One of the infuriating things about living in Japan (admittedly, there are not many) is the obsession Japanese seem to have with filling out forms. Not only filling out forms, but making sure every last t is crossed and every last i is dotted (metaphorically speaking, as the forms are rarely in the Latin alphabet). And Japanese forms are not simple; they tend to have dozens of fields, in extremely small font.
Here is an example from personal experience.
My wife and I applied for a train card that required applying also for a credit card. We went to Osaka station to fill out the forms. I can’t write in Japanese, so my wife had to fill out the forms for us. We would hand in the forms to the lady, and promptly get them back because some field was not filled out properly. It took several iterations until the lady agreed the form is ready to be processed. Furthermore, she would not make any changes on the form herself, not even correcting one digit, even though we told her we trust her with our valuable form. No can do. We had to do it ourselves.
So far, no big deal. This is very common here. But now the fun begins.
I have a middle name on my passport and on my residence card. In Japan, there are no middle names. Also, my name is obviously not Japanese, so it is written out in katakana, which is an alphabet used to write foreign words in Japanese. There is no one way to correctly spell a foreign name in katakana; being a phonetic alphabet, and because no Japanese word can end with a consonant (except for n), one can write a foreign name in various ways, depending on how it is pronounced. My name can be spelt as asha, asha-, assha, assha-, asheru and probably some other variations. Same goes for my middle name and family name.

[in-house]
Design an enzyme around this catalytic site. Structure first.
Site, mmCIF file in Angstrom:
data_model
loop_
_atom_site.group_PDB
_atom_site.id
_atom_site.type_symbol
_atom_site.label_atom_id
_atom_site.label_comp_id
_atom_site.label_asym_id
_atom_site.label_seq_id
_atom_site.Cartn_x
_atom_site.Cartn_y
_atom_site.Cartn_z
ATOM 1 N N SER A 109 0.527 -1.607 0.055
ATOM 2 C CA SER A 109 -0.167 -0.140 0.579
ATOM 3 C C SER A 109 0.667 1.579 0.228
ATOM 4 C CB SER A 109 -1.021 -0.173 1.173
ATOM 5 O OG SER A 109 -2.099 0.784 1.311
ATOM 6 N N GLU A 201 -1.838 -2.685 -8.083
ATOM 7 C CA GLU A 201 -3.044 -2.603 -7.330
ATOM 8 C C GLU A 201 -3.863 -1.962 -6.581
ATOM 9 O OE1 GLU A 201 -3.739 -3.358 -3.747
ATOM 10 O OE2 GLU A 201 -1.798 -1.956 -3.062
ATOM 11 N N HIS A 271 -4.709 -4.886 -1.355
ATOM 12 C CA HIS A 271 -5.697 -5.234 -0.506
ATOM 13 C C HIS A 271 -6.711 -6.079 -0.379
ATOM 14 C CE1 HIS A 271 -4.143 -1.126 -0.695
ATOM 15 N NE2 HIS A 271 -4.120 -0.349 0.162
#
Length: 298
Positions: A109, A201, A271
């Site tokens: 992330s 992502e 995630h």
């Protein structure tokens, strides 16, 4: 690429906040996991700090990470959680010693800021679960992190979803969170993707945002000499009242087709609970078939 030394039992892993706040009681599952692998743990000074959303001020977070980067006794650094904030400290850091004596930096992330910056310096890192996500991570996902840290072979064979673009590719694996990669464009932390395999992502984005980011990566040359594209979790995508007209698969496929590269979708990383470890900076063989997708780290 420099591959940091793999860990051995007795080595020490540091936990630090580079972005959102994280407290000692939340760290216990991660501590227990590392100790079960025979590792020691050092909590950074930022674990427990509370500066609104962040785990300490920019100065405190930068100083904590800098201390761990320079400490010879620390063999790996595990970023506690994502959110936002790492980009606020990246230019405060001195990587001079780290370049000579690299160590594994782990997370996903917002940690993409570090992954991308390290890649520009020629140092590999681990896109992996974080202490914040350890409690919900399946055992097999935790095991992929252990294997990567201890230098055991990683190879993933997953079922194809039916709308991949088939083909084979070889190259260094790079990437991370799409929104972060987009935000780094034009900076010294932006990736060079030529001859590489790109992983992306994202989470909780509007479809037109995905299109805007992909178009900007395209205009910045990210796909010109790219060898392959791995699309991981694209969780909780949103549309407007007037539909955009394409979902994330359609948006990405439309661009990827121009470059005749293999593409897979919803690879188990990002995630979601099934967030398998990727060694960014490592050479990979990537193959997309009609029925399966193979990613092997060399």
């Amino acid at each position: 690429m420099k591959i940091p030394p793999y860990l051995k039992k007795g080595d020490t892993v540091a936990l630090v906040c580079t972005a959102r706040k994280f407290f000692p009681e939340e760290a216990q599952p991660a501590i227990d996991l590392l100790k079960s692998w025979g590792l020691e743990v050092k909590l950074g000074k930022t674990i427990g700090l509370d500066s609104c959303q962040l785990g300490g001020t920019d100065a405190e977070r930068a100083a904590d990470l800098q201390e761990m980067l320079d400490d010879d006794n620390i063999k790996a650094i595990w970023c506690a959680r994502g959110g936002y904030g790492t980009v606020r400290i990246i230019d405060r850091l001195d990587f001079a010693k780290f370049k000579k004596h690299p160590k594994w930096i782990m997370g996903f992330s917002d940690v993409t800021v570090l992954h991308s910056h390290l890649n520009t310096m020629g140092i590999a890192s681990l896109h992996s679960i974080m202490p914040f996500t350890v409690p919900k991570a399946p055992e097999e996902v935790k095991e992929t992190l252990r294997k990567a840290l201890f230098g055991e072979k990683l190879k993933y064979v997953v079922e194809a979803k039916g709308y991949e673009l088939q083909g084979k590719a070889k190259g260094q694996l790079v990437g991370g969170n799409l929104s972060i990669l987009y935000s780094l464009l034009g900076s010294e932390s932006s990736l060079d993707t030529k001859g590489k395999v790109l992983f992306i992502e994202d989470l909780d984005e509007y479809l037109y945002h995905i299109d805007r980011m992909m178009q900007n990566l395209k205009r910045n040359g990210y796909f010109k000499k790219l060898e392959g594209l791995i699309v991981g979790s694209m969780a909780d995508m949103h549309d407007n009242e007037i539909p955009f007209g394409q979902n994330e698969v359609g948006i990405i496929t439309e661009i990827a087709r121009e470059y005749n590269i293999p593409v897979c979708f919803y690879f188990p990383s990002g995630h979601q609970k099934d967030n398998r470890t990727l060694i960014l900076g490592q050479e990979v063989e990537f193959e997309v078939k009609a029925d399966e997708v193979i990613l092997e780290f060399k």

Unsurprisingly, we received a letter from the credit card company a few days later, asking us to “confirm” (the word for confirm in Japanese in kakunin, which is a big deal in Japanese culture; but no time for that now). So we copied out the name again in katakana, and also attached copies of my residence card and business card, just in case. We also had to get confirmation from the bank that says it’s OK with/without the middle name. The bank confirmed, but the credit card company wasn’t entirely satisfied. A few days later, another letter, another “confirmation”. And then another one. In total, four letters to date.
The last letter was the best of them all. They seemed to be satisfied with the katakana spelling of my name, but asked, “just to confirm” of course, the furigana spelling. Now, furigana are the phonetic alphabets that are added on top of the kanji, typically for children to be able to read as they haven’t learnt all kanji symbols yet. But my name isn’t Japanese, so it’s not written in kanji, so there is no furigana for it. Catch-22, Japanese style.
We just sent out the reply letter again, so no happy end yet. Not to worry, it’s only been a month since our original application. Early days yet.
Confused? Angry? You shouldn’t be. To survive this Japanese pedantic fanaticism for filling out forms – let’s call it “form fetish” – one needs to enter a different state of mind. Maybe Zen meditation can help. Hang on, maybe this is why Zen has developed in Japan in the first place! If one does not take these things calmly, I can definitely see how “form rage” could have led to undesirable consequences.